How Gambling Laws Have Evolved in the UK

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The UK has risen to become one of the most profitable and well-regulated gaming economies in the world. Despite its relative size in comparison to countries such as the US, the UK’s long-standing history of regulation, oversight and development has helped it become a £14.4 billion industry. In fact, thanks to its growth in recent decades, the UK and its Gambling Commission have become the proverbial gold standard in gaming regulation. From US states such as New Jersey to France, Italy and beyond, countries around the world have used the UK’s system as a blueprint for their own licensing systems.

Legal Changes Create a Betting Behemoth

Of course, becoming an international powerhouse in gaming doesn’t happen overnight. To get to where it is today, the British government has had to move with the times and innovate. Indeed, if you look at the history of gambling in the UK, there has been betting of sorts for centuries. Thanks to the monarchy, horse racing provided the roots for what was to become a multi-billion-pound industry.

The first recorded races were held in Chester back in 1539. King Charles II subsequently made Newmarket the home of British racing in the 1670s, something that prompted other monarchs to follow suit. At the same time racing was gathering steam, the first national lottery started. Available from England in 1694, the draw was another catalyst for the British betting revolution.

By the 19th century, the growth of a national railway network allows racing to flourish. As it became a public spectacle, betting started to emerge. Unregulated for a number of years, these early bookmakers helped create a culture of on-course betting.

Eventually, these activities became legal according to the letter of the law. On-course betting remained the only legal way to gambling in the UK until the 1960s. According to Benjamin Webb of bestcasinosites.net, the Betting and Gambling Act of 1960 led to the advent of commercial betting in Britain. Initially, the law allowed bingo halls to open their doors to the public and, within the first six months, 10,000 venues popped up across the country.

Going Straight Cleans Up the Industry’s Image

In tandem with regulated bingo halls, the 1960 Betting and Gambling Act allowed high street bookmakers to acquire a license. One of the main requirements of licensed operators is that they had to “go straight.” The implication here is that previously unregulated bookmakers weren’t always honest with their odds and payouts.

However, with new laws came a new culture of standardized betting protocols. The end result was a better service for consumers and, more importantly, an industry people believed was honest, open and fair. This shift in perception proved to be a major turning point for the industry. Although new laws made certain types of betting legal, it was the fact people felt they could trust bookmakers that really helped business boom.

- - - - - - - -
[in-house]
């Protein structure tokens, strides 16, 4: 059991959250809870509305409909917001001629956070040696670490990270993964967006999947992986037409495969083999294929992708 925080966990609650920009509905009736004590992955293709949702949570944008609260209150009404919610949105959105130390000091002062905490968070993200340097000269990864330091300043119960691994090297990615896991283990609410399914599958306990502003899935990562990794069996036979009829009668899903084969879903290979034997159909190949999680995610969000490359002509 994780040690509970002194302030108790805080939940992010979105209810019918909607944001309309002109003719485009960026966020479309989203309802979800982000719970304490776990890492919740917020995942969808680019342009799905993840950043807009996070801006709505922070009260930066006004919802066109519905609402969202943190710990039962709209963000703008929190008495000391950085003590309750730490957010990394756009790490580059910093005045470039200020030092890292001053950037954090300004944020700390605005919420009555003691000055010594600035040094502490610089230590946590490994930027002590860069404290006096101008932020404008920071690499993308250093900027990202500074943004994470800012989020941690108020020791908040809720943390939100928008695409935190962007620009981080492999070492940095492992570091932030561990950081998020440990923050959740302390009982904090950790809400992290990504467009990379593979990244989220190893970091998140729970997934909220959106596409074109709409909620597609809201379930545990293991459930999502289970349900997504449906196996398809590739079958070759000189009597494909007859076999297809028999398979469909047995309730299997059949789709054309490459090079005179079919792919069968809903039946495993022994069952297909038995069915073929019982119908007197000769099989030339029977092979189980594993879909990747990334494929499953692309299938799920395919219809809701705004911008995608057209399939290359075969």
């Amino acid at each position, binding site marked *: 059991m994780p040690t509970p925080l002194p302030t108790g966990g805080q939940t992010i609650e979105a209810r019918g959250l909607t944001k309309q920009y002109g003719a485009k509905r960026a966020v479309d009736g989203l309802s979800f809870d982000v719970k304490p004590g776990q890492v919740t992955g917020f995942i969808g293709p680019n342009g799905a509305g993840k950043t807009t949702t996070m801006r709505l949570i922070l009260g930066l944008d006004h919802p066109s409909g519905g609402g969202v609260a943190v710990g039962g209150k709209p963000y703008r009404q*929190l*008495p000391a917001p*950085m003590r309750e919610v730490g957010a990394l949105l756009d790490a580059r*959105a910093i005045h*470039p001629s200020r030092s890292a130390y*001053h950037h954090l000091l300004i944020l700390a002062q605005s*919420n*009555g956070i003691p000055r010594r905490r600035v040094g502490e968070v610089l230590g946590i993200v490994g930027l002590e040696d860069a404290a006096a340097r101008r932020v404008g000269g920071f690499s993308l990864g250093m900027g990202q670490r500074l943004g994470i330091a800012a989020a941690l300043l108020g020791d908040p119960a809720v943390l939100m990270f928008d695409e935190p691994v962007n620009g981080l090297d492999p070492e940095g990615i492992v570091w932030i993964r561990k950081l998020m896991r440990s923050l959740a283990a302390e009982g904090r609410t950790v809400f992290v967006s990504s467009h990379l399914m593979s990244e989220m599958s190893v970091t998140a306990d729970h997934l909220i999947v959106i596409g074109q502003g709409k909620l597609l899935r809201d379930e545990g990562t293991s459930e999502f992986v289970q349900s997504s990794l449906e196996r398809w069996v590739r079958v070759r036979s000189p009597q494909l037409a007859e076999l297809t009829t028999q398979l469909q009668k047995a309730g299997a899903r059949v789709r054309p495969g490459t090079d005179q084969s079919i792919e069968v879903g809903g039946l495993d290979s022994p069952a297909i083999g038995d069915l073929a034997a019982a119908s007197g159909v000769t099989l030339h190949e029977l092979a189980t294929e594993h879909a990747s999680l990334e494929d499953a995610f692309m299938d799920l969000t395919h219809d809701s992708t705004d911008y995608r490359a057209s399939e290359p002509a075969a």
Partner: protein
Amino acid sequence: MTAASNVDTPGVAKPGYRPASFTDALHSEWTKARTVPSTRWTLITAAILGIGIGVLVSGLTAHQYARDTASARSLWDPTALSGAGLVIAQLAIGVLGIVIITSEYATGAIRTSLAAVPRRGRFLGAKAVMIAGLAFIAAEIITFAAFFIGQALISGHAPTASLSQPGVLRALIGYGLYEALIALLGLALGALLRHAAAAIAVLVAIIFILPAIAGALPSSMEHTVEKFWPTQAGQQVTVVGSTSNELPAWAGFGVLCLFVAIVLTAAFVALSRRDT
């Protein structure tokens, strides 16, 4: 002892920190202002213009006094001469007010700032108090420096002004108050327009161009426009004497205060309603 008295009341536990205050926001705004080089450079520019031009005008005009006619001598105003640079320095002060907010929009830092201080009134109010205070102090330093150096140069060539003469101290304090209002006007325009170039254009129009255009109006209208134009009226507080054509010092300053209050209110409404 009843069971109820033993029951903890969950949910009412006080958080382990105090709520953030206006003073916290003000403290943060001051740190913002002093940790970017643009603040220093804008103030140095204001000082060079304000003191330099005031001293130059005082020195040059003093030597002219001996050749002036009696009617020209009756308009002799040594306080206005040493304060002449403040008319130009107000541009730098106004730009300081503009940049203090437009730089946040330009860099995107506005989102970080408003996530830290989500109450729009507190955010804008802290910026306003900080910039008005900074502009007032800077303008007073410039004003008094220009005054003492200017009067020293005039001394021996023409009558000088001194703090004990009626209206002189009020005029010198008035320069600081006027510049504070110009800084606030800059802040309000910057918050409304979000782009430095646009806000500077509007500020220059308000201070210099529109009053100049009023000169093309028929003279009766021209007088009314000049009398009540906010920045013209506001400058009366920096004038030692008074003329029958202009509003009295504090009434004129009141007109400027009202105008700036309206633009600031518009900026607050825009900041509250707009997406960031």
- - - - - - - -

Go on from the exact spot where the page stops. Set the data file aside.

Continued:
With live betting shops and the first casinos opening up in the UK, the government acted again. In ratifying the Gaming Act 1968, the laws surrounding what constituted a commercial casino were liberalized. This led to another wave of venues opening their doors. Business boomed during the seventies and eighties, prompting the government to bring in the Betting and Gaming Duties Act of 1981. The law was a product of the industry’s success and provided a framework through which operators had to advertise their services. Much like the changes in 1960, this law further legitimized the betting industry and helped combat the idea that all betting establishments were crooked and out to fleece customers.

UK Gambling Laws Could Define US Betting Industry

By 2005, the internet betting revolution was in full swing and the British government was keen to ensure online standards matched those in place offline. First of all, the Gambling Act of 2005 superseded all previous laws and saw the creation of the UKGC. This non-governmental body took responsibility for licensing and regulating British operators.

From there, the Gambling (Licensing and Advertising) Act 2014 brought online betting and gaming companies under the control of the UKGC. Today, both live and online operators in the UK are required to hold a UKGC license and comply with local regulatory standards. For British bettors, this has helped create a stable economy that’s safe for all involved. However, in terms of the industry as a whole, the UK is now an example of what’s possible through regulation.

With PASPA being overturned in 2018, US states have been busy forging their own sports betting laws. This change has given rise to discussions regarding other forms of betting. Although growth may be fragmented, industry experts believe the advent of legal sports betting could give rise to new casino and poker laws. Indeed, if state lawmakers look to the UK, they’ll see that regulation is not only the best way to protect consumers but generate revenue. In a time when all states could use some extra tax dollars, UK gambling is serving up more than a few lessons for the US and the world at large.

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